5. We need not, however, pursue this particular point any further as Mr. Sampath Aiyangar who appeared for the Official Assignee before us, abandoned any contention that the Limitation Act did not apply merely because this was a proceeding in insolvency. He attempted instead to distinguish Re Mansell ex parte Norton (1892) 66 L.T. 245 from the present case on the ground that the Official Assignee did not here represent the insolvent at all but was applying on the strength of a right higher than any the insolvent would have had. In arguing so Mr. Sampath Aiyangar appeared to be obsessed by the fact that as a preliminary to the present application the Official Assignee had had to have the mortgage transaction set aside, and that the former application was one which the insolvent himself could never have made. No doubt that is so, but the two applications must nevertheless be very clearly distinguished. When the mortgage has been set aside what is the result? It surely is that, in spite of the mortgage, the ownership of the mortgaged property and the right to receive its rents and profits have in law remained throughout part of the insolvent's estate. When the insolvent's estate became vested in the Official Assignee by reason of the insolvency the right to receive these rents and profits must be deemed to have vested in him. It is to us clear, beyond all argument, that in claiming by this application to recover these rents and profits the Official Assignee is claiming as representing the insolvent's estate, and is not putting forward any claim hostile to the insolvent. We consider accordingly that Mr. Sampath Aiyangar's argument on this point provides no sound reason to induce us not to follow Re Mansell (1892) 66 L.T. 245.
6. Only a brief final reference is necessary to a ruling reported in Jagannath Prasad v. U.P. Flour and Oil Mills Co., Ltd. I.L.R. (1916) 38 All. 347, which our attention has been drawn by Mr. Sampath Aiyangar. That decision shows that in certain circumstances a liquidator can recover from the share-holders of a company in liquidation unpaid calls the rights to which would be barred by limitation if the company itself were to file a suit to recover them. But this is no true analogy to the present case. The decision in Jagannath Prasad v. U.P. Flour and Oil Mills Co. Ltd. I.L.R. (1916) 38 All. 347, turned upon the interpretation of specific provision in the Companies Act which defined the share-holders' liabilities. There are no such provisions in the Presidency Towns Insolvency Act which can be used against the appellant. And it is further made clear in Jagannath Prasad v. U.P. Flour and Oil Mills Co. Ltd. I.L.R. (1916) 38 All. 347, that but for these specific provisions the liquidator would have had no higher right to resist the bar of limitation than the company itself. In the present case, as we have already pointed out, the Official Assignee makes his application as representing the insolvent's estate and in that capacity only.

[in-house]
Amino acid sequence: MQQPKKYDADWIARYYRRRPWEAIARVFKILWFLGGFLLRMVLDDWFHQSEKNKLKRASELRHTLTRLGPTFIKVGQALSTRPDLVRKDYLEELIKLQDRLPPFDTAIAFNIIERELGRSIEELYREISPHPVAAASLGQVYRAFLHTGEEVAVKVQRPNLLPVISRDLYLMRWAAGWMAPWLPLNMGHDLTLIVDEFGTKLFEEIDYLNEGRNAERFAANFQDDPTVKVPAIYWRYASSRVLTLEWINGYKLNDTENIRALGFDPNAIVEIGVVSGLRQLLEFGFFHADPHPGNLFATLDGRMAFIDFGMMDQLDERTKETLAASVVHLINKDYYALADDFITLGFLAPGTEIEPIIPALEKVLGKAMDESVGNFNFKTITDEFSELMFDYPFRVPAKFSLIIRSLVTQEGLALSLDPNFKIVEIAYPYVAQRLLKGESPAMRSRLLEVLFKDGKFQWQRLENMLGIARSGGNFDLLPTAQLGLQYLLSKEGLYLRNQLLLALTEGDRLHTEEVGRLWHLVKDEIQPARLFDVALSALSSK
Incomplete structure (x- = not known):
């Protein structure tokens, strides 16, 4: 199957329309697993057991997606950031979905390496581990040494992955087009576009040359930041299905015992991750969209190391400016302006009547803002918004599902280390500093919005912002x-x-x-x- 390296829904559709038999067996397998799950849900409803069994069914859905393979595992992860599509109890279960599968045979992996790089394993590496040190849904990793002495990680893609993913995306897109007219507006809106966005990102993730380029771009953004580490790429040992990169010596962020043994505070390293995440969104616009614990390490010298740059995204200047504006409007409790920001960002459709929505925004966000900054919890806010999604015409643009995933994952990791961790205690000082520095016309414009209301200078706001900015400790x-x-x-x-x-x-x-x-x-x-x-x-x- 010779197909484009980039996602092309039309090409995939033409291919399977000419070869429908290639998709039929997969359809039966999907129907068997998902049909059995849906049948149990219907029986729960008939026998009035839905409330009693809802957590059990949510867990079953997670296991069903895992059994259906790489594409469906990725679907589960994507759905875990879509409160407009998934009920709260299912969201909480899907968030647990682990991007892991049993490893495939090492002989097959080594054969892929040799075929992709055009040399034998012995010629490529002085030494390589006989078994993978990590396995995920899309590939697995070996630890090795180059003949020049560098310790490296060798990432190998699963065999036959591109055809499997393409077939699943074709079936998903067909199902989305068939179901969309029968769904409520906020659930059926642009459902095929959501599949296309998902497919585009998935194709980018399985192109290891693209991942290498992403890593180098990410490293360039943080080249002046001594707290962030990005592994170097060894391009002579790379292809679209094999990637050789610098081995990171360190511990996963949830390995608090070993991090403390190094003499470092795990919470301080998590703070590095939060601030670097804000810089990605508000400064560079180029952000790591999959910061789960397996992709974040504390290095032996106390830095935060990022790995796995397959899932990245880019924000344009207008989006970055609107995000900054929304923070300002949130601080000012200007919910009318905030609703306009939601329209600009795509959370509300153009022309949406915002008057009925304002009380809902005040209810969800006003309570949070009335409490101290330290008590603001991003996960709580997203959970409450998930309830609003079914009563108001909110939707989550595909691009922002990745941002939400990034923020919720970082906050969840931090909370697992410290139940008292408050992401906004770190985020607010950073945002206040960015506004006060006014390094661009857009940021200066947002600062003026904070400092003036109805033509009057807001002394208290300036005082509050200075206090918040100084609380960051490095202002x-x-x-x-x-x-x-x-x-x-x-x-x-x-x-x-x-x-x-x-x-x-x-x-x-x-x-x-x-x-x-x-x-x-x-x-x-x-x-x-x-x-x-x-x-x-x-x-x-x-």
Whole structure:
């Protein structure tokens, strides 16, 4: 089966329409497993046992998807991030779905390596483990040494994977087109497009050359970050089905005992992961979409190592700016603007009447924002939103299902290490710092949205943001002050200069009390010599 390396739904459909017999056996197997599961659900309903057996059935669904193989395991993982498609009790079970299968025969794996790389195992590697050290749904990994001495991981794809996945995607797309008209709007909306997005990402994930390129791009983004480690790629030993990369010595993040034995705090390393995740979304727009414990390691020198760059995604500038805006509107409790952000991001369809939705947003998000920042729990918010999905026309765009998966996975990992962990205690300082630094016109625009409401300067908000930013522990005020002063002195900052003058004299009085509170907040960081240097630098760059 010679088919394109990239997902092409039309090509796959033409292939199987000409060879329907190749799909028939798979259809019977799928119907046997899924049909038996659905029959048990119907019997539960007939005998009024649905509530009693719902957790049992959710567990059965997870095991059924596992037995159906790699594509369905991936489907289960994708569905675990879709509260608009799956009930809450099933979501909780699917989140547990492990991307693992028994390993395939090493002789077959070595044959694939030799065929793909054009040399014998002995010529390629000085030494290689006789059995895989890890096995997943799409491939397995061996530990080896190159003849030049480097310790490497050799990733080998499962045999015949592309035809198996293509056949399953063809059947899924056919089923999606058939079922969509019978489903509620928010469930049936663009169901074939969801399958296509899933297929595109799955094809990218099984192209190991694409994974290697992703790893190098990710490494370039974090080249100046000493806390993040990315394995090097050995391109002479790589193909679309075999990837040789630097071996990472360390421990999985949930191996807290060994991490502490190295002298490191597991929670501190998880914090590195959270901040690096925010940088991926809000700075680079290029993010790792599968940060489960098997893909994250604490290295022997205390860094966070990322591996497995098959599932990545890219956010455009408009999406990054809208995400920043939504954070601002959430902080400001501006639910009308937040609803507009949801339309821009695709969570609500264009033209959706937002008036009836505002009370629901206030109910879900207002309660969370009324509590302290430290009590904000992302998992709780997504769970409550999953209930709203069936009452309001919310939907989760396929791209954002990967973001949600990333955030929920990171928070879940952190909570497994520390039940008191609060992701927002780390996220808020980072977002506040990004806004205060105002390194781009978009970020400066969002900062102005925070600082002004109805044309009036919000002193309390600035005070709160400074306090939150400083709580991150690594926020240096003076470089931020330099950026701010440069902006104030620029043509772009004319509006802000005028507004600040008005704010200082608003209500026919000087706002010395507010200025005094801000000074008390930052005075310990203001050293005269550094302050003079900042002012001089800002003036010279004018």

7. In the result, then this appeal must be allowed in part with costs throughout and appellant's liability to account be reduced to the period of three years immediately preceding the Official Assignee's application.